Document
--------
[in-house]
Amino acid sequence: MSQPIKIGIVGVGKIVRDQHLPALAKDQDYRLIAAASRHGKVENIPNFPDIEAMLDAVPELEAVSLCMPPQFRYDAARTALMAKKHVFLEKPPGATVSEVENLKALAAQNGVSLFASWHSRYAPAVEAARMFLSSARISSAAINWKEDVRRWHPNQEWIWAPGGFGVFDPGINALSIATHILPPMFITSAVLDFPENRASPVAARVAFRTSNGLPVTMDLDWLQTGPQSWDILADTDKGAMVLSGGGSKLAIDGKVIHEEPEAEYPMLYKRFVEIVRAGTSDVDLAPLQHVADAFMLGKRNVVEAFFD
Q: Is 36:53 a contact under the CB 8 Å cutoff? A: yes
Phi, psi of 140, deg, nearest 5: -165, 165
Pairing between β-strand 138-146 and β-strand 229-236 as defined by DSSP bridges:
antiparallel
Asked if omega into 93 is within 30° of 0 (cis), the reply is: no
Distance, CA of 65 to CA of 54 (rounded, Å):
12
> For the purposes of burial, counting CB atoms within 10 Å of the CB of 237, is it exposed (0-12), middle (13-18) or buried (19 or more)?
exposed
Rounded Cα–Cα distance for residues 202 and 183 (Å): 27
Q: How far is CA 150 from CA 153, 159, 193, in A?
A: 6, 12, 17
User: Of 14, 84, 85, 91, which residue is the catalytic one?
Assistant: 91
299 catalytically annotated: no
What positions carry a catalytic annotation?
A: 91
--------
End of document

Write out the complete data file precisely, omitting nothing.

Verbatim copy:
[in-house]
Amino acid sequence: MSQPIKIGIVGVGKIVRDQHLPALAKDQDYRLIAAASRHGKVENIPNFPDIEAMLDAVPELEAVSLCMPPQFRYDAARTALMAKKHVFLEKPPGATVSEVENLKALAAQNGVSLFASWHSRYAPAVEAARMFLSSARISSAAINWKEDVRRWHPNQEWIWAPGGFGVFDPGINALSIATHILPPMFITSAVLDFPENRASPVAARVAFRTSNGLPVTMDLDWLQTGPQSWDILADTDKGAMVLSGGGSKLAIDGKVIHEEPEAEYPMLYKRFVEIVRAGTSDVDLAPLQHVADAFMLGKRNVVEAFFD
Q: Is 36:53 a contact under the CB 8 Å cutoff? A: yes
Phi, psi of 140, deg, nearest 5: -165, 165
Pairing between β-strand 138-146 and β-strand 229-236 as defined by DSSP bridges:
antiparallel
Asked if omega into 93 is within 30° of 0 (cis), the reply is: no
Distance, CA of 65 to CA of 54 (rounded, Å):
12
> For the purposes of burial, counting CB atoms within 10 Å of the CB of 237, is it exposed (0-12), middle (13-18) or buried (19 or more)?
exposed
Rounded Cα–Cα distance for residues 202 and 183 (Å): 27
Q: How far is CA 150 from CA 153, 159, 193, in A?
A: 6, 12, 17
User: Of 14, 84, 85, 91, which residue is the catalytic one?
Assistant: 91
299 catalytically annotated: no
What positions carry a catalytic annotation?
A: 91